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Inducing self-motion sensations in driving simulators using force-feedback and haptic motion

Abstract : Producing sensations of motion in driving simulators often requires using cumbersome and expensive motion platforms. In this article we present a novel and alternative approach for producing self-motion sensations in driving simulations by relying on haptic-feedback. The method consists in applying a force-feedback proportional to the acceleration of the virtual vehicle directly to the hands of the driver, by means of a haptic device attached to the manipulated controller (or a steering wheel). We designed a proof-of-concept based on a standard gamepad physically attached at the extremity of a standard 3DOF haptic display. Haptic effects were designed to match notably the acceleration/braking (longitudinal forces) and left/right turns (lateral forces) of the virtual vehicle. A preliminary study conducted with 23 participants, engaged in gamepad-based active VR navigations in a straight line, showed that haptic motion effects globally improved the involvement and realism of motion sensation for participants with prior experience with haptic devices. Taken together, our results suggest that our approach could be further tested and used in driving simulators in entertainment and/or professional contexts.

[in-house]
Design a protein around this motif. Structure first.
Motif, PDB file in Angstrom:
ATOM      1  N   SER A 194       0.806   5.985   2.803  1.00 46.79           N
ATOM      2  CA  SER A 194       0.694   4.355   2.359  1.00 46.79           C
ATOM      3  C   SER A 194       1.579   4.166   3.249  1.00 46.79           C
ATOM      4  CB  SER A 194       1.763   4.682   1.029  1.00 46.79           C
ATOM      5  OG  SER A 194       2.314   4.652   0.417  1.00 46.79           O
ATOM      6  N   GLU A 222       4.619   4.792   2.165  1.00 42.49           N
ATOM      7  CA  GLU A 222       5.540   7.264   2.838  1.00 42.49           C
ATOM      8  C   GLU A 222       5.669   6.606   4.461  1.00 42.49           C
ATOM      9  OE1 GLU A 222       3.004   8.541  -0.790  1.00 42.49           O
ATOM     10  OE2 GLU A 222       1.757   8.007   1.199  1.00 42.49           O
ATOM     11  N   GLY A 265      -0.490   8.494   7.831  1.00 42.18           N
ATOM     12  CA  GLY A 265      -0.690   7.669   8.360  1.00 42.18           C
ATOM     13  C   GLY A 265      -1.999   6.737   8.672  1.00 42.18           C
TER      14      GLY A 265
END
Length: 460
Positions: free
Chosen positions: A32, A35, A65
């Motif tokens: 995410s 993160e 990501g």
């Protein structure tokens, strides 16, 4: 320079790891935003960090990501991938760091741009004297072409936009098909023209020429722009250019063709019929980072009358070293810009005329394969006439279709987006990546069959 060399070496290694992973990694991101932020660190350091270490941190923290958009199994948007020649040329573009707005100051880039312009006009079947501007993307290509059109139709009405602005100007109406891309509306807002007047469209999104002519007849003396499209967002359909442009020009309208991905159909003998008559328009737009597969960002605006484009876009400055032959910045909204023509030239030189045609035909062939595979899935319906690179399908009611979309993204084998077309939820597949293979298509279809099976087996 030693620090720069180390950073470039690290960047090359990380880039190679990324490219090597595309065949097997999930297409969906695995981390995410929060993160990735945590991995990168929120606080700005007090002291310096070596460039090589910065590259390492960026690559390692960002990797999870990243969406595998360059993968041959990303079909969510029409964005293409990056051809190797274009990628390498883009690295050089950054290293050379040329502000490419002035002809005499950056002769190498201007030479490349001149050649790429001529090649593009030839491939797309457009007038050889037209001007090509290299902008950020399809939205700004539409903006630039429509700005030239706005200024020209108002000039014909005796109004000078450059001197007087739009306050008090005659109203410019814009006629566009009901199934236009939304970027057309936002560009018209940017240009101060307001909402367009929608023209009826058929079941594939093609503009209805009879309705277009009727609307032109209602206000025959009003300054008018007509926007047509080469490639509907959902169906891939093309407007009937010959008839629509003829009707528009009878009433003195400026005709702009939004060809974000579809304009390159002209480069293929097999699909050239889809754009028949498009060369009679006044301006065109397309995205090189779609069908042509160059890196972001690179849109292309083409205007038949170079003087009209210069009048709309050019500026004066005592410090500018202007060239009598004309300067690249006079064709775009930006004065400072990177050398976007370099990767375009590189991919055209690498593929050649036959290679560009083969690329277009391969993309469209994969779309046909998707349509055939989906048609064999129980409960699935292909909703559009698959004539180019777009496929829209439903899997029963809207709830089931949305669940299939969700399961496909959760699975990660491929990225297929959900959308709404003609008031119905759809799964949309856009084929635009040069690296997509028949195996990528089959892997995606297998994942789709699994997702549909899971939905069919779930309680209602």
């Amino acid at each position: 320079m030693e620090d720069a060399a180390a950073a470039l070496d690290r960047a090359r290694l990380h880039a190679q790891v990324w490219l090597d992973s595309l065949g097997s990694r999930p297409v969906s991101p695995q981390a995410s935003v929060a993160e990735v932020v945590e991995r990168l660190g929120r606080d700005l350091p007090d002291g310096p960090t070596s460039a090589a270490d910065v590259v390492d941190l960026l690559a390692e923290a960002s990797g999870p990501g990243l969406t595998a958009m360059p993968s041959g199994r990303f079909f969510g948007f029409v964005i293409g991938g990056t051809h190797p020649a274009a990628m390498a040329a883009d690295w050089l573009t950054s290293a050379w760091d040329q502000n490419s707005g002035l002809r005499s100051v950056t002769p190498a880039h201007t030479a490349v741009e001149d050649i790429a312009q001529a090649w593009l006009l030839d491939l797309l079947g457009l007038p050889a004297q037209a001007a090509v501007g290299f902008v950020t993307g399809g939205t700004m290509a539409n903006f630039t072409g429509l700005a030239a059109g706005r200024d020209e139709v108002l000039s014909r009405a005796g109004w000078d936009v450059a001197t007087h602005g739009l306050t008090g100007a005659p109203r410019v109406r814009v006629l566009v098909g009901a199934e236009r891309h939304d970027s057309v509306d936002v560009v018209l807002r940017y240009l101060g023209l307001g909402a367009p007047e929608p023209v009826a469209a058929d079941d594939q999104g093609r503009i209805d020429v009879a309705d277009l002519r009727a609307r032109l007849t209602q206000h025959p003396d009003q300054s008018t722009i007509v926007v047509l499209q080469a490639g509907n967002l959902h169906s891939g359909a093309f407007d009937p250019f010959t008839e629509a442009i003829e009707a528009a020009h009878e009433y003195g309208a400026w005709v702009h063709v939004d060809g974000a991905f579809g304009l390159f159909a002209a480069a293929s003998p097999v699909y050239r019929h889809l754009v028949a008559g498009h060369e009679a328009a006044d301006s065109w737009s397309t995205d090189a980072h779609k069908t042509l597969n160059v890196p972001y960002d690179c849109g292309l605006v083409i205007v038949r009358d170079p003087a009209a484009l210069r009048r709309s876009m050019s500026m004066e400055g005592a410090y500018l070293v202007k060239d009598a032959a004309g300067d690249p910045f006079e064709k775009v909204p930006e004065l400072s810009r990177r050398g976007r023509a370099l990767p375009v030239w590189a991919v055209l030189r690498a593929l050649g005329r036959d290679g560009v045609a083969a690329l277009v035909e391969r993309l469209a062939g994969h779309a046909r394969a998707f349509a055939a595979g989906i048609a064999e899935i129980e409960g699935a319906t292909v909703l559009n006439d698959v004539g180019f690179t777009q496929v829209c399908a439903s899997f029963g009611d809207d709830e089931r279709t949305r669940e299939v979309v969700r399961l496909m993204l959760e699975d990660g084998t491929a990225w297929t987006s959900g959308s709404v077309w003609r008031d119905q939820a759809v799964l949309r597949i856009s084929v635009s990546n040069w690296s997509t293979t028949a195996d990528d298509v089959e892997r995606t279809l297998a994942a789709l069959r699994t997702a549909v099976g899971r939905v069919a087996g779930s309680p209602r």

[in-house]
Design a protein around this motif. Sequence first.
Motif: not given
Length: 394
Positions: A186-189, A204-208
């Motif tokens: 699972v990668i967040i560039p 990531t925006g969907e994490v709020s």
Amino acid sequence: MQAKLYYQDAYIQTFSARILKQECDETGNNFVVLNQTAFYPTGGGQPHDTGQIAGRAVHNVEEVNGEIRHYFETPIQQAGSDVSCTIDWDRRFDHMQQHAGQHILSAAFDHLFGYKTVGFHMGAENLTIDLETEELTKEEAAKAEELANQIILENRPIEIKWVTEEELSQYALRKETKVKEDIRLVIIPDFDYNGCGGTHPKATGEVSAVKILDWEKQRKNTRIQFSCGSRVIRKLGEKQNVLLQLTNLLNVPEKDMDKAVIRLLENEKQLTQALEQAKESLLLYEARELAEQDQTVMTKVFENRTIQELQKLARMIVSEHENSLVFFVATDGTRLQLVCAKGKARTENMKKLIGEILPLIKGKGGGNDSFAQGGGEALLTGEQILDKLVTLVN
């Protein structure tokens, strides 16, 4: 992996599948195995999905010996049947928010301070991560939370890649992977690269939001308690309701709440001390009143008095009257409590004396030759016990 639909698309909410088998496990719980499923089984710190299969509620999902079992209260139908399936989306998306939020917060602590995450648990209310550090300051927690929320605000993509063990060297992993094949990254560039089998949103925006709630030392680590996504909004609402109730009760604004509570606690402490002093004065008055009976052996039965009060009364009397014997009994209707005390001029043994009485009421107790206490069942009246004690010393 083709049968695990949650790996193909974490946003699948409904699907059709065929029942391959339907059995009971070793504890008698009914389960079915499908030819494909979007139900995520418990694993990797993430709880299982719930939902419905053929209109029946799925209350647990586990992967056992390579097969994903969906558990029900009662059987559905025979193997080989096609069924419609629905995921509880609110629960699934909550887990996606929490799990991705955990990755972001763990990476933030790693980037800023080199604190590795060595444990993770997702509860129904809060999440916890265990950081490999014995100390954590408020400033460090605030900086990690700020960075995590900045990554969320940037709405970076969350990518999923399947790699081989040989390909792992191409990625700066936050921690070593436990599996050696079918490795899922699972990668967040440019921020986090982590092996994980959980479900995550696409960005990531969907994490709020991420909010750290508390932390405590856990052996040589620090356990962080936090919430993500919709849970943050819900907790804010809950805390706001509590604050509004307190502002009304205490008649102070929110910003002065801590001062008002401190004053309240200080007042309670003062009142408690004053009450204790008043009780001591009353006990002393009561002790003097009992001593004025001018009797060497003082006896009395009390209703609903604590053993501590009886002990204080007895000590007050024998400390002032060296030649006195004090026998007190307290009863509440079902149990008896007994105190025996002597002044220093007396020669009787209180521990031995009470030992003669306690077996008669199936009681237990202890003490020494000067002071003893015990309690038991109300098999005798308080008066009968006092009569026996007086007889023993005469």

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Guillaume Bouyer, Amine Chellali, Anatole Lécuyer. Inducing self-motion sensations in driving simulators using force-feedback and haptic motion. VR 2017 - 19th IEEE Virtual Reality , Mar 2017, Los Angeles, United States. pp.84-90, ⟨10.1109/VR.2017.7892234⟩. ⟨hal-01524537⟩



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